The Thai arm of Hong Kong-based insurer FWD is working to diversify its portfolio with its first moves into offshore equities and local property, in part of a broader investment shift in Thailand's life insurance industry.
Having nearly doubled its assets under management to $3 billion from $1.68 billion at end-2014, FWD Thailand increased its investment team by two this year, raising the headcount to seven and taking portfolio in-house for the time being.
Peamphanyapa Phanyapavee, executive vice president of investment at the firm, told AsianInvestor: “We will start investing in offshore equity next year. At this stage it’s just about diversifying—we will keep it very vanilla.”
The firm is likely to make its first moves into foreign stocks through global equity exchange-traded funds (ETFs), she said.
FWD Thailand also expects to increase its allocation to foreign bonds in 2018 and is mulling its first direct investments into local repo agreements and domestic real estate, among other alternatives. It already has 3% of its portfolio in local real estate investment trusts (Reits) and “will have to study hard” whether to go into physical property, Peamphanyapa said.
Only 4% of its total assets under management is in overseas assets. That will rise over time, although by how much has yet to be determined, Peamphanyapa said. The current regulatory limit is 15%, although some insurers are working with the regulator, the Office of Insurance Commission (OIC), to raise this to 20% or even 25%.
“It’s hard to say how high we will raise our overseas allocation; it comes down to relative value and how the [risk-based capital] rules might evolve,” Paul Carrett, Hong Kong-based group chief investment officer at FWD, told AsianInvestor, alluding to the Thai regulatory overhaul that is in the works.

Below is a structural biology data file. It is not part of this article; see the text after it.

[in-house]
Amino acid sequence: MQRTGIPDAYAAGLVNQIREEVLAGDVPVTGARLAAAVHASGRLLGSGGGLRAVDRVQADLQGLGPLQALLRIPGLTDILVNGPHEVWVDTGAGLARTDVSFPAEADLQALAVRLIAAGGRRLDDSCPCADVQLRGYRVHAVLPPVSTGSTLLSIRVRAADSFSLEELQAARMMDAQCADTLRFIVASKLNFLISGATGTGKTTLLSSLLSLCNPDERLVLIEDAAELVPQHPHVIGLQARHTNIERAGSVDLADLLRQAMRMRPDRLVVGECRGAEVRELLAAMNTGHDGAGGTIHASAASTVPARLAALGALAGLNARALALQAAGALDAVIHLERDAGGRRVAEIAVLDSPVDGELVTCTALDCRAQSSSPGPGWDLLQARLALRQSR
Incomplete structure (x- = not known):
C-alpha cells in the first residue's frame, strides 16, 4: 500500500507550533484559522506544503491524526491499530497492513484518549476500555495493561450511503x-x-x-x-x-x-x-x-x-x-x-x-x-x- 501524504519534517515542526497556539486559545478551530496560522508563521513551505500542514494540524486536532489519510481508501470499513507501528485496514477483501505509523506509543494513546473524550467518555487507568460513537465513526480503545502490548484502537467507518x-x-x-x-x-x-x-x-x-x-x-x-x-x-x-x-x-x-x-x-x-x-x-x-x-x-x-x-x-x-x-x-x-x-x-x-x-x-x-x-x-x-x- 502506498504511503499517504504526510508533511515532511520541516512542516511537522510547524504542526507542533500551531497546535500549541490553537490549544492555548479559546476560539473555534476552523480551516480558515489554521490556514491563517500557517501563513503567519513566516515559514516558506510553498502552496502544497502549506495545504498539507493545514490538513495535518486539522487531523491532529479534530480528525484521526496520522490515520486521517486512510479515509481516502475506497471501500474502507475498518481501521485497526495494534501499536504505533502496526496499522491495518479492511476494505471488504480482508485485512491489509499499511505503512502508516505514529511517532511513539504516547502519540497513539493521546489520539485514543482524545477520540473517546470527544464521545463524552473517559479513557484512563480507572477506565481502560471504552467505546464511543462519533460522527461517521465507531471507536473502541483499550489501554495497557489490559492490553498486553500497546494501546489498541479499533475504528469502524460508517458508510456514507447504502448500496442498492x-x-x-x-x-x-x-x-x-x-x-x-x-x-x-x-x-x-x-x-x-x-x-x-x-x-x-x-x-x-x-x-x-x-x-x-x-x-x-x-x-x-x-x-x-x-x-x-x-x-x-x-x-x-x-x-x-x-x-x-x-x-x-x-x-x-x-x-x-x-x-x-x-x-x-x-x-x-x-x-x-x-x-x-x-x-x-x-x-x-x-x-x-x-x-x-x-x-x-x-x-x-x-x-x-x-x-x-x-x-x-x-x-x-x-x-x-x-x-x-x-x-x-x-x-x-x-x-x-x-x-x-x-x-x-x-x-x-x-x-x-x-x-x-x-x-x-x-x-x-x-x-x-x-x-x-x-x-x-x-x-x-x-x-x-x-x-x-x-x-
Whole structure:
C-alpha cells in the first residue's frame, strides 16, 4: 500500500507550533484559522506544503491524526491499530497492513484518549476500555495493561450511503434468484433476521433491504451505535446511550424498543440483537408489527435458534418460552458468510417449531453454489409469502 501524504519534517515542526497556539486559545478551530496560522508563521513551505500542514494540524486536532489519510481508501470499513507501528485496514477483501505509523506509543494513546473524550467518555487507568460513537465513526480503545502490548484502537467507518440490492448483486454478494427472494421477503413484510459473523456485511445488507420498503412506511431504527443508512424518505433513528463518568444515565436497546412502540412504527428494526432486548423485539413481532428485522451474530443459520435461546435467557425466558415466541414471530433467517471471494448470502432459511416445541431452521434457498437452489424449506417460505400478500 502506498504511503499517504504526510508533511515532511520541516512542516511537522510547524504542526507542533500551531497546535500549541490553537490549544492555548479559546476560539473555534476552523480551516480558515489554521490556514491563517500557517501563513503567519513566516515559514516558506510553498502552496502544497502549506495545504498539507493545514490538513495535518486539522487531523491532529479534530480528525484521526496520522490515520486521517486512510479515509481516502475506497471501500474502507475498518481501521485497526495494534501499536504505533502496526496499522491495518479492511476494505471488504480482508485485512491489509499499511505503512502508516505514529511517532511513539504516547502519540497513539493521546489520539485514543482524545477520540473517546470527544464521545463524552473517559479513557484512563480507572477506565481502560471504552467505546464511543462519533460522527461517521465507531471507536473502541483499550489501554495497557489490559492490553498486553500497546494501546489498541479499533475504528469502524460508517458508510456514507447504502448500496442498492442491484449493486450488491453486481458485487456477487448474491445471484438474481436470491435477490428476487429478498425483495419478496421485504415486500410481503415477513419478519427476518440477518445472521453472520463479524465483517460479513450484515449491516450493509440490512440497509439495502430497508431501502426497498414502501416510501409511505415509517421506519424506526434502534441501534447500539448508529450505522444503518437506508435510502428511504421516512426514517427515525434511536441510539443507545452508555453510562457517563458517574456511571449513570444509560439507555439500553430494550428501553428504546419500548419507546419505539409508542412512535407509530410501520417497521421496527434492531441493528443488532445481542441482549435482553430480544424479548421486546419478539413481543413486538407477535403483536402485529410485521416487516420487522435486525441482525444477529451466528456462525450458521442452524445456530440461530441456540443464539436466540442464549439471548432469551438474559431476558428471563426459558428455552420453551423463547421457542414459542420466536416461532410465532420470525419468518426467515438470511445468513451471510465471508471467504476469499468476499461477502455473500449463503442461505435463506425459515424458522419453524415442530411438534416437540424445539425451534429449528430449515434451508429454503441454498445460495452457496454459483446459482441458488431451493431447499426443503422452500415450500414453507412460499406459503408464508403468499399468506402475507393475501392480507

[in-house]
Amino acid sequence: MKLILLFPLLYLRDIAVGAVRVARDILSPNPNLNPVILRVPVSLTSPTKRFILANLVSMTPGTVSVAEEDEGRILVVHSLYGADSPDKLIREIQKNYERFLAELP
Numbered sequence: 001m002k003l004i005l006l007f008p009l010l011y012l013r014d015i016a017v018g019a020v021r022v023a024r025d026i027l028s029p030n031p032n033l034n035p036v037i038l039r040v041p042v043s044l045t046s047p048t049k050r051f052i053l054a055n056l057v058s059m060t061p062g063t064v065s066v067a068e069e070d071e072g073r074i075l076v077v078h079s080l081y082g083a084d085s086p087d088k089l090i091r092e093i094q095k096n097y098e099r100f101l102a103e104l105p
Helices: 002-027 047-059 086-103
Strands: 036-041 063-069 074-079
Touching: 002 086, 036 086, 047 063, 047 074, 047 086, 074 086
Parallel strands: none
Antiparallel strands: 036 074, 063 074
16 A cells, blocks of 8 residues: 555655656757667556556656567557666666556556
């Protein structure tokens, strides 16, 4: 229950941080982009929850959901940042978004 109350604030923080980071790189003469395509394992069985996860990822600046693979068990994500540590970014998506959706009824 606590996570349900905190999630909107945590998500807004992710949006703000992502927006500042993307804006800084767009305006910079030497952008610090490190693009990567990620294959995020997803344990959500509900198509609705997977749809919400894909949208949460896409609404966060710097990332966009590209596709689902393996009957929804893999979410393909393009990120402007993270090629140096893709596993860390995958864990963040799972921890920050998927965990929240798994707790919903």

Thai insurers are awaiting the implementation of a second generation of risk-based capital rules (known as RBC2), which will increase the amount of capital insurers must hold when investing in certain risk assets.
Another domestic player, Muang Thai Life, is also considering boosting its equity exposure. It is working with the country's regulator to broaden its range of permitted investments to include asset types such as syndicated loans and infrastructure funds.
Thai insurers, which are largely barred from investing in alternatives, are being driven by the low-rate environment to change their habits by investing more in stocks, higher-yielding bonds and other assets. The domestic benchmark interest rate has been at a near-record low of 1.5% since 2015.
Insurers are hoping the risk charges imposed by the OIC as part of RBC2 will not be overly high for listed equities, among other things. The charge is set to rise eventually from 16% to 35% over the next five years.
“If the charges are too high, insurers may have to reduce their exposure to the equity market,” Peamphanyapa said. This is a point of concern that the Thai Life Assurance Association has raised with the OIC this year, among others, industry participants said.
Meanwhile, FWD Thailand’s decision to run its portfolio in-house was a strategic one based on the firm achieving greater economies of scale and taking the view that it would be more efficient for assets and liabilities to be managed internally, Peamphanyapa said.
Will it further increase the team? The current headcount is sufficient for now, Carrett said. “It’s a pretty scalable business. As we do more hedging and add different asset classes, however, we might need to add more internal resources to help with that. That said, we also get material leverage from the broader FWD Group.”